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Buying Locally Produced Foods

Did You Know?
The majority of the money spent on grocery-store food goes to suppliers, processors, middlemen and marketers. Only 3.5 cents of each dollar actually goes to the farmer. (approximately, I've read other figures but generally it's in this area) If you buy food from a farmers market or farm stand, you can be sure that most, if not all, of your money is going directly to the farmer.

Communities reap more economic benefits from the presence of small farms than they do from large ones. Studies have shown that small farms re-invest more money into local economies by purchasing feed, seed and other materials from local businesses,x whereas large farms often order in bulk from distant companies. Large factory livestock farms also bring down local property values with the intense odors they emit.

Food transported short distances is fresher (and, therefore, safer) than food that travels long distances. Local food has less of an opportunity to wilt and rot whereas large-scale food manufacturers must go to extreme lengths to extend shelf-life since there is such a delay between harvest and consumption. Preservatives are commonly used to keep foods stable longer, and are potentially hazardous to human health. Industrially-produced foods are also difficult to grow without pesticides, chemical fertilizers, antibiotics and growth hormones, all of which can be damaging to both the environment and human health.

A large amount of fossil fuel is used to transport foods such long distances. Combustion of these fuels releases carbon dioxide, sulfur dioxide, particulate matter and other pollutants into the atmosphere, contributing to global climate change, acid rain, smog and air pollution. Even the refrigeration required to keep your fruits, vegetables, dairy products and meats from spoiling burns up energy.

A typical carrot has to travel 1,838 miles to reach your dinner table.

In the U.S., a wheat farmer can expect to receive about six cents of each dollar spent on a loaf of bread-approximately the cost of the wrapping.xiii
Farmers markets enable farmers to keep 80 to 90 cents of each dollar spent by the consumer.
Cheap energy and agricultural subsidies facilitate a type of agriculture that is destroying and polluting our soils and water, weakening our communities, and concentrating wealth and power into a few hands. It is also threatening the security of our food systems, as demonstrated by the continued e-Coli, GMO-contamination, and other health scares that are often seen nowadays on the news.
If you are concerned about genetically-modified foods, you can select local farms that grow food from heirloom seeds. And you can support organic practices in your region.

Local Food: Where to Find It, How to Buy It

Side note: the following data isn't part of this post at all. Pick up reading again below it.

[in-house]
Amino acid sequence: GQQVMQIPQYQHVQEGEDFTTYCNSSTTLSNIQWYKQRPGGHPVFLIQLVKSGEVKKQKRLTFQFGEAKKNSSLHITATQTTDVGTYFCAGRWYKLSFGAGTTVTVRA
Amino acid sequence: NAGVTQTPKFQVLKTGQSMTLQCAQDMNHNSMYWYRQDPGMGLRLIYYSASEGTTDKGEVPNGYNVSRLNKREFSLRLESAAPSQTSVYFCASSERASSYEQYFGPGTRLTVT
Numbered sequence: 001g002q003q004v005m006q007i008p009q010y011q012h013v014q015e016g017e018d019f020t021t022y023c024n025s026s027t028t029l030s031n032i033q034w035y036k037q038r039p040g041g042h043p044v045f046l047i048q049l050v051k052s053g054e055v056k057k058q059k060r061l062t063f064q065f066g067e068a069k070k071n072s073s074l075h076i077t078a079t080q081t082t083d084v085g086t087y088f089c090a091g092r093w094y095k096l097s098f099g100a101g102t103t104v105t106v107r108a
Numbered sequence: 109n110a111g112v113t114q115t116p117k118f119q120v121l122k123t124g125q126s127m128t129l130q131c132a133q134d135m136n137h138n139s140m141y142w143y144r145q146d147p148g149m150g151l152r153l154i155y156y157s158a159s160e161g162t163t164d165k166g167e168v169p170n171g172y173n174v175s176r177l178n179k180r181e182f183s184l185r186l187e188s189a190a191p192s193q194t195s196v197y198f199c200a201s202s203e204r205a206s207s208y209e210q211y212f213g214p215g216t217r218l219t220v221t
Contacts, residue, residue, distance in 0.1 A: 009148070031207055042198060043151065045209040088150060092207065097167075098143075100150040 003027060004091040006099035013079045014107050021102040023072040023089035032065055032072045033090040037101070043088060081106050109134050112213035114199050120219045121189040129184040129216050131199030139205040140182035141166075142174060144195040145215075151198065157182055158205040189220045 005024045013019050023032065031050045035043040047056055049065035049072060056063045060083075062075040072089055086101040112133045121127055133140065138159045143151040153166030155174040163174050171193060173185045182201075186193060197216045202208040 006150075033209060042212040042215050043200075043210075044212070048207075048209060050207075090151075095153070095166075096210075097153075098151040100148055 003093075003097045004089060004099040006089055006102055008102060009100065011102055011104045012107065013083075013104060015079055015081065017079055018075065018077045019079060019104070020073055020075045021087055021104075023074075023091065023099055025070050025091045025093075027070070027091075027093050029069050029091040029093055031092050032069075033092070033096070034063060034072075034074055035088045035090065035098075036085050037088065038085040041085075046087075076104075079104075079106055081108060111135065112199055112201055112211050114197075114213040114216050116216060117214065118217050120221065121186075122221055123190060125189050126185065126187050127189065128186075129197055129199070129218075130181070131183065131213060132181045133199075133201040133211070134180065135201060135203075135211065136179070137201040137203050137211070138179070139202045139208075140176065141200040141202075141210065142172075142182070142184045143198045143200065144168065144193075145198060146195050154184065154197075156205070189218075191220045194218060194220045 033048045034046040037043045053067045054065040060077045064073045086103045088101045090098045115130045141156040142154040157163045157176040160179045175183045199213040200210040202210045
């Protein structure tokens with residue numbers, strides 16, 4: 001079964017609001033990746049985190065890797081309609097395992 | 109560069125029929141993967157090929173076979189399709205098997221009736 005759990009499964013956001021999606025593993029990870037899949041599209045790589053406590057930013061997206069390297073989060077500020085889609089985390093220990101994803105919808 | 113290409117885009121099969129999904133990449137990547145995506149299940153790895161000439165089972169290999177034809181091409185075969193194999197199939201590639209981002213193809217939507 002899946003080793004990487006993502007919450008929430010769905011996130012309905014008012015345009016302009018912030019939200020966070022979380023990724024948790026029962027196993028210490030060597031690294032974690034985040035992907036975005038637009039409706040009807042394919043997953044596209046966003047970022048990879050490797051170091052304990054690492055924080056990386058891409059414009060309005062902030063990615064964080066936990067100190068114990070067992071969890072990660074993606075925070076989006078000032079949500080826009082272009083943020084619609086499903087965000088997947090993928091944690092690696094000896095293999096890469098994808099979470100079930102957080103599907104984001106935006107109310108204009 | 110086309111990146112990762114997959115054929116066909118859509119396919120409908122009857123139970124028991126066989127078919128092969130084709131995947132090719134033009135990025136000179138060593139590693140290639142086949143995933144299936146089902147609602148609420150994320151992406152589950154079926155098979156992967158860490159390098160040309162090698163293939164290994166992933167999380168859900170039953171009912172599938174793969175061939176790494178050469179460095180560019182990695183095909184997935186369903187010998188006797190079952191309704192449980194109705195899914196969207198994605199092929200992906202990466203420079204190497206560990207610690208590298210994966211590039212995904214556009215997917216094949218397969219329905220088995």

This 30-page booklet was developed by the Minnesota Institute for Sustainable Agriculture for consumers who are interested in supporting rural communities by buying locally grown food, but don't know how to begin. You can get the full free PDF version here:


The rise of local farmer’s markets in Toronto: Parkdale-High Park

Eating foods that are in season and buying local foods are suddenly back in fashion. Witness the slow food movement, and the 100-mile (or km) diet. BUT, there have always been farmer's markets in Toronto, and Foodland Ontario has been around ever since I can remember, urging me to eat more squash in the Fall. This "rediscovery" of local foods and farmers isn't just happening in Ontario. In the UK, Gordon Ramsay's brilliant F-Word tv show is urging Brits to remember their forgotten local foods, as well as trying to get the younger generation, who have apparently forgotten how to boil an egg, back into the kitchen. Check out Gordon on CBC's The Hour below.

Doing the homework around local foods, and sustainable shopping, and fair-trade coffee can be very tiring. These tomatoes in my local supermarket looked identical, but one batch came from Mexico and one from Canada (talk about needing to read the fine print). SO, I was thrilled to hear that I can access reliably sourced local and organic foods much more easily now that Sorauren Farmer's Market will be in walking distance from my house. The Westend Food Co-op which runs the market has posted clear statements on its vision, mission, and values.

This goal of transparency at the Westend Food Co-op is fantastic, because when it comes to ecological footprints, the intuitive idea that ALL local foods must have lower footprints for energy production, is NOT always true. A Swedish colleague once told me about a full life cycle assessment comparing local produce with that coming from Spain, which found that the ecological footprint of the Spanish fruit and veggies, was actually lower than the Swedish produce! In sustainability, full life cycle assessment or cradle-to-grave analysis looks at the total amount of energy and resources that it takes to produce some object, including food. It embodies the concepts inherent in full-cost economic accounting.

Dawn Bazely